The company knows: What can’t be found doesn’t exist. A typical use case can be to evaluate past content impact based on consumed content before converting a customer.
Our forward-thinking business can quickly identify patterns, as every purchase is automatically tagged with topics (and customer’s time spent or the number of occurrences in the customer journey).
Based on this setup, marketing identifies top-performing taxonomy terms. Then, it discovers (or creates) fresh collateral based on these terms. The found content is then reused in landing pages or email campaigns. This example can be expanded with personalization, where personas are based on these foundational taxonomies. (Note: Personas themselves shouldn’t be taxonomy terms as they are always revised.)
Marketing quickly adjusts campaigns, if discovered, that targeting other taxonomy terms delivers better results.
Moreover, investing in a robust taxonomy framework empowers roles in any customer-facing position. It promotes content discoverability. Imagine finding and quickly composing an email (message, report, leaflet) containing information (graphs, charts, documentation excerpts, feature releases) relevant to customers and their current pain points. This would be game-changing for pre-sales, sales, support, consulting, or customer success roles.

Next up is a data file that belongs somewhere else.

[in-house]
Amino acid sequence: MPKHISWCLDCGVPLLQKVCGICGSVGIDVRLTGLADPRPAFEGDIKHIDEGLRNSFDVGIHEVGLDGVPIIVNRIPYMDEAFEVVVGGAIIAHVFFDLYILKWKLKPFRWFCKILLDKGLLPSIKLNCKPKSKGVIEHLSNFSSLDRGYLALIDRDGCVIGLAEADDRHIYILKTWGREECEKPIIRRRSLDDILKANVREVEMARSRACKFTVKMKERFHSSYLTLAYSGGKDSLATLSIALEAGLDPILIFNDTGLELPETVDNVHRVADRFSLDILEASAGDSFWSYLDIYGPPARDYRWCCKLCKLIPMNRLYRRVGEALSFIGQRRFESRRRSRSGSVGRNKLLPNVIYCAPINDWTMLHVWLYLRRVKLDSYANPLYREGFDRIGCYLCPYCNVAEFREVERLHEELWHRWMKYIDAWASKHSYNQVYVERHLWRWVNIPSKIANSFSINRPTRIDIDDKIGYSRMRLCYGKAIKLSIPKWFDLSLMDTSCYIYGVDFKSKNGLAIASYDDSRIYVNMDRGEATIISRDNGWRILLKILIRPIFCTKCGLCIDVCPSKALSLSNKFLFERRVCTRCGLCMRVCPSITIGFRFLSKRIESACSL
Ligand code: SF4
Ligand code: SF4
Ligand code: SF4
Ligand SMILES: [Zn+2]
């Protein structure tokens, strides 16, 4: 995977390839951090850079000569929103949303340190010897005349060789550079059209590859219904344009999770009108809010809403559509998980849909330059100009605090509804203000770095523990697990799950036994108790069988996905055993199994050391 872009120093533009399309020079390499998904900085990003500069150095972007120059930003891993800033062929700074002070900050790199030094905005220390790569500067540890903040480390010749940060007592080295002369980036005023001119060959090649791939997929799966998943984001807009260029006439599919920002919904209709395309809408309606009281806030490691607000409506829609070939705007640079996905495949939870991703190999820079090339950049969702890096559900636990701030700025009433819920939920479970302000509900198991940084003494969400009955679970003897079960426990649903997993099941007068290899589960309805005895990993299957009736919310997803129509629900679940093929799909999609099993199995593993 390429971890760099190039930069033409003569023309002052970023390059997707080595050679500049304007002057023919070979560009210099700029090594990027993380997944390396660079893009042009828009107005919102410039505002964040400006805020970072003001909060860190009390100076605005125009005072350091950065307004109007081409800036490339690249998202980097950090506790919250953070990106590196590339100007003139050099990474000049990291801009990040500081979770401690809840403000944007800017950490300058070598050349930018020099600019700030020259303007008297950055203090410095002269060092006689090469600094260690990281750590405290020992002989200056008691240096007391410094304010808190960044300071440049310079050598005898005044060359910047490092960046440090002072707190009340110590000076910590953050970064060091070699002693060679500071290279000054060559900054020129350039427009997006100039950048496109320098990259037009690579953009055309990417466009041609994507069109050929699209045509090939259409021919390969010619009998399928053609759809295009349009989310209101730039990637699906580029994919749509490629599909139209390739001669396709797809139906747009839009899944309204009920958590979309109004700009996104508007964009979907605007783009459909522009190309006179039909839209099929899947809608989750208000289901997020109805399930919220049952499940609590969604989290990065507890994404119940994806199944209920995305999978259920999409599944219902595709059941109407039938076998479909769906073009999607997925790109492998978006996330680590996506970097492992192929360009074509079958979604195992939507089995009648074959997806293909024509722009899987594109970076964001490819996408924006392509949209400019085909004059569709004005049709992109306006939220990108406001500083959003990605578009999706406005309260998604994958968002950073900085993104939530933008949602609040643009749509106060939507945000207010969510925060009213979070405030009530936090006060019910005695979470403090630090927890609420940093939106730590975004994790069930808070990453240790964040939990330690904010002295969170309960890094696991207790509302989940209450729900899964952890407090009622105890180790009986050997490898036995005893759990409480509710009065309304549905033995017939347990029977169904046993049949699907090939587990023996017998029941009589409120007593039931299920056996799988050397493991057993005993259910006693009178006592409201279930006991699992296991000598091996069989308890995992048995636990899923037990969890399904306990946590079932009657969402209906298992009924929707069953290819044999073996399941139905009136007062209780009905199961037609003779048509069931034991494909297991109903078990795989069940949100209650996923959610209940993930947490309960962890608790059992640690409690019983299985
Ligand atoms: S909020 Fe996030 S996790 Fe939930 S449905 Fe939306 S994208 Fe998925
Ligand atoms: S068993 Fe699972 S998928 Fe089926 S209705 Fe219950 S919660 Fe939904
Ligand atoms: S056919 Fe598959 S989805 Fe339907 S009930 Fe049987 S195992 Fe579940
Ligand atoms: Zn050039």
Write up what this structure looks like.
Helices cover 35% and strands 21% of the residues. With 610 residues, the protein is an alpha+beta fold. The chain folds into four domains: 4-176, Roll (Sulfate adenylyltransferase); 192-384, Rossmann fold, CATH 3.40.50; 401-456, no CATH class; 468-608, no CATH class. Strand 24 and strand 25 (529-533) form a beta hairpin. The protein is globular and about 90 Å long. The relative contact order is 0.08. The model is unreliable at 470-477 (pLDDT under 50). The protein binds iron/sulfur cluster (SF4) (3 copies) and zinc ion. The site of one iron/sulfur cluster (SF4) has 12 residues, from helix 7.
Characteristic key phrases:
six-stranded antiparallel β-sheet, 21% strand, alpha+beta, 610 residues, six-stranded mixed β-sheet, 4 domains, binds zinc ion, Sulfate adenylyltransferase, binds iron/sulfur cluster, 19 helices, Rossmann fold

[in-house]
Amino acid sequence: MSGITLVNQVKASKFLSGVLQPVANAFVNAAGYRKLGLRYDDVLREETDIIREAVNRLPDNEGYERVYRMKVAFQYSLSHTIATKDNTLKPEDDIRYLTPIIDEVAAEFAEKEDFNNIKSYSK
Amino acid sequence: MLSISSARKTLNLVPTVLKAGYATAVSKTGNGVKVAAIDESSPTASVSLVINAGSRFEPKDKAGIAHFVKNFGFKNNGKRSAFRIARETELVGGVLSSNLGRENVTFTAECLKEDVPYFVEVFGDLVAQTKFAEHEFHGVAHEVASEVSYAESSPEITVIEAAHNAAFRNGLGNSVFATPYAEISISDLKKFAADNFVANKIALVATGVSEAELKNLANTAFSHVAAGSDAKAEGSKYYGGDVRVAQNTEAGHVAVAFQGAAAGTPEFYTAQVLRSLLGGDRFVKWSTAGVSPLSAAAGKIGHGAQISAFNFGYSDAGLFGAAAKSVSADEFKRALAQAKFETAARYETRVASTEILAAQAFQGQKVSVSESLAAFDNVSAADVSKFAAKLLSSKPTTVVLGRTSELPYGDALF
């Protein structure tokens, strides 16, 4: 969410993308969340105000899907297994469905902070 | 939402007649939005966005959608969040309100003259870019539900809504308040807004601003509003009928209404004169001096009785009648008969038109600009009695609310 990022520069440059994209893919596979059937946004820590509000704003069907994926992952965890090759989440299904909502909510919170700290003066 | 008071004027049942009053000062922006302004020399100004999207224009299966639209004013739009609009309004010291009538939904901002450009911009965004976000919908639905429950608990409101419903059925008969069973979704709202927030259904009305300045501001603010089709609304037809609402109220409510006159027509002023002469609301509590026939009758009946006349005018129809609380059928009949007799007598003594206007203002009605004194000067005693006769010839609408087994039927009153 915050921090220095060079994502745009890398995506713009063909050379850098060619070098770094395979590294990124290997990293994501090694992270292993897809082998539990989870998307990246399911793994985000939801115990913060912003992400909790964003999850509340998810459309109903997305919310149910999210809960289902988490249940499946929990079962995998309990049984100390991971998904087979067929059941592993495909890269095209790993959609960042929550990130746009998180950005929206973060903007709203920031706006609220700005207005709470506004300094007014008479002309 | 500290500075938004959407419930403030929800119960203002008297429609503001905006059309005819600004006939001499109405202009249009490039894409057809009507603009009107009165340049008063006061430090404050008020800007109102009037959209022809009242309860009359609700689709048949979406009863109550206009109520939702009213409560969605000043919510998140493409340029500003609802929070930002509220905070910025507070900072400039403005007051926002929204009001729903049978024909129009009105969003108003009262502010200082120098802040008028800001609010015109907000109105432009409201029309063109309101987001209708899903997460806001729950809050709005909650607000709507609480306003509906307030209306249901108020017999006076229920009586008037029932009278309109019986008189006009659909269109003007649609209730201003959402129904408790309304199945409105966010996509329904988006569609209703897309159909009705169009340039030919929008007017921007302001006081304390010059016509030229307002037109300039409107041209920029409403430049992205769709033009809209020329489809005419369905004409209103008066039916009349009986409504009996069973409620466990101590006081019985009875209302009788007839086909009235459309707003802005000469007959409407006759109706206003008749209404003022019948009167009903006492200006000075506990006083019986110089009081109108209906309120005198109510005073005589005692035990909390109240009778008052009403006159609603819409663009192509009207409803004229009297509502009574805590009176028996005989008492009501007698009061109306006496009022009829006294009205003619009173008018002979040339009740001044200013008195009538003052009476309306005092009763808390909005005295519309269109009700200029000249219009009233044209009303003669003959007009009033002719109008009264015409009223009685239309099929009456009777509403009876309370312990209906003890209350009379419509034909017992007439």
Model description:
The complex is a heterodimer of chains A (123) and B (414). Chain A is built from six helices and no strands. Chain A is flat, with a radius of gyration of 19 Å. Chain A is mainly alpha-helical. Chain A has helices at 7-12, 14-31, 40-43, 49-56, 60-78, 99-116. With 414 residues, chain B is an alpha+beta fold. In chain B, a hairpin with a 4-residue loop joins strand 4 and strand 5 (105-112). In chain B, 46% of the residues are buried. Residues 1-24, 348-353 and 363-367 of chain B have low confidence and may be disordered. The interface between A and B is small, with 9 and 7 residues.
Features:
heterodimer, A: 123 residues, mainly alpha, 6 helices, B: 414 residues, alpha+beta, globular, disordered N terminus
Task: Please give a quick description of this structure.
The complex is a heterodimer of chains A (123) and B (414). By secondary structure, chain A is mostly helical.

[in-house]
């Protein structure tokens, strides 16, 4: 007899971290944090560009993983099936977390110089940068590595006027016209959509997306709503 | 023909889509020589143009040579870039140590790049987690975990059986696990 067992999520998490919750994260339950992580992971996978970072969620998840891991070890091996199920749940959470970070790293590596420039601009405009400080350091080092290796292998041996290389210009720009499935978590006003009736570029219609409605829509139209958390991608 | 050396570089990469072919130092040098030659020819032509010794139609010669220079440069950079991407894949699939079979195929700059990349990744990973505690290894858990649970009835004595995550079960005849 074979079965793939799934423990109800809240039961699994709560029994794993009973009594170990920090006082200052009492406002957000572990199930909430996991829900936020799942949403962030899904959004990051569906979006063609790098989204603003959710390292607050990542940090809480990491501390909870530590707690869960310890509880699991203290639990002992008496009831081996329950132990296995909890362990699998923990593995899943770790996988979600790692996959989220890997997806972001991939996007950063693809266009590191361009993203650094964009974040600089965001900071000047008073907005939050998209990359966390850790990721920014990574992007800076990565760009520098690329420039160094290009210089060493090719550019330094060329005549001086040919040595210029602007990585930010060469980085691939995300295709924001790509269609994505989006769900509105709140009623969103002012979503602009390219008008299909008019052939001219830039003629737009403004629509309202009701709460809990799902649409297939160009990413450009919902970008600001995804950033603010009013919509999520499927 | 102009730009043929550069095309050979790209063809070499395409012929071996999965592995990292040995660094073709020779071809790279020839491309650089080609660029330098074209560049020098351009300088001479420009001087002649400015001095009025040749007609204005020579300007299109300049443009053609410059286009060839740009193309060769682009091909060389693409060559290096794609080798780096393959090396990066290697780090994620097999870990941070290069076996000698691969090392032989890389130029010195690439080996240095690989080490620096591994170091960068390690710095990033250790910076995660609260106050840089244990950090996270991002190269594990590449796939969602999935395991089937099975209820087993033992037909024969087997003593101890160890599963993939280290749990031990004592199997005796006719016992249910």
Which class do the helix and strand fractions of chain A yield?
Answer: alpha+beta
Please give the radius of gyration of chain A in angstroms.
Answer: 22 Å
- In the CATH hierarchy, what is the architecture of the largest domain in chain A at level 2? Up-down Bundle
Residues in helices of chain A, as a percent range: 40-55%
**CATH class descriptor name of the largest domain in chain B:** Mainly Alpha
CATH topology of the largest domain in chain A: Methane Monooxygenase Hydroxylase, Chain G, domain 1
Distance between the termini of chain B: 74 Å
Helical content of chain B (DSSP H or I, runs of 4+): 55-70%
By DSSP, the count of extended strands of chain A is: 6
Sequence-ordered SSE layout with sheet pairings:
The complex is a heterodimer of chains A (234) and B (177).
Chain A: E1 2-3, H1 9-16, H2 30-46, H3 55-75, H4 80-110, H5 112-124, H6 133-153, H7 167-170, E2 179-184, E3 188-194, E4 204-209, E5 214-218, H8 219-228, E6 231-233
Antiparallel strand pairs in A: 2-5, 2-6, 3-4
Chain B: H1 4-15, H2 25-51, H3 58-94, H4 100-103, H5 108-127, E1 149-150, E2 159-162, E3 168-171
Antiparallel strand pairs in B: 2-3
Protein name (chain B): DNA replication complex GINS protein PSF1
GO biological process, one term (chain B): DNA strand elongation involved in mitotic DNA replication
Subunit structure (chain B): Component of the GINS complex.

Insights for strategic decisions
This business can make more informed strategic decisions. The business monitors external stakeholder actions (competitors, subject matter experts) and industry trends. The chosen taxonomy terms are universal and thus can also be applied to external events and objects.
The practice of categorizing external objects is useful for an overview of industry and competitor movement. This, in turn, can be used to make more informed internal decisions.
…examples of tasks that will benefit from a global taxonomy follow.
- Prioritize funding to products or services neglected last year based on customer goals.
- Find a fitting case study based on customer goals.
- Find relevant product requests aligning with at least one business goal and one customer task.
- Find blog content produced last year to support the considerations buyer’s stage and help customers improve their operations.
- Compare content items’ performance targeting different customer goals.
- Find content coverage for business goals to decide what to focus on next.
- Show an individual employee’s contribution value to a customer or business goal.
- Identifying content and objects that helped convert a lead.
Reach out if you’d like to see a breakdown of any of these, have other suggestions to be included, or disagree with anything.
The closing thoughts
The outlined scenario and examples show how useful implementing a business-wide taxonomy is. It supports low-level day-to-day tasks to high-level, strategic decisions.
A global, well-defined taxonomy gets you closer to your goal than just sharing aspirational vision and mission statements. It helps with cross-team communication to align team-specific goals across the business as the taxonomy is shared by everyone.
Taxonomies might even be granular enough to drive content experiences with useful metadata on your content channels.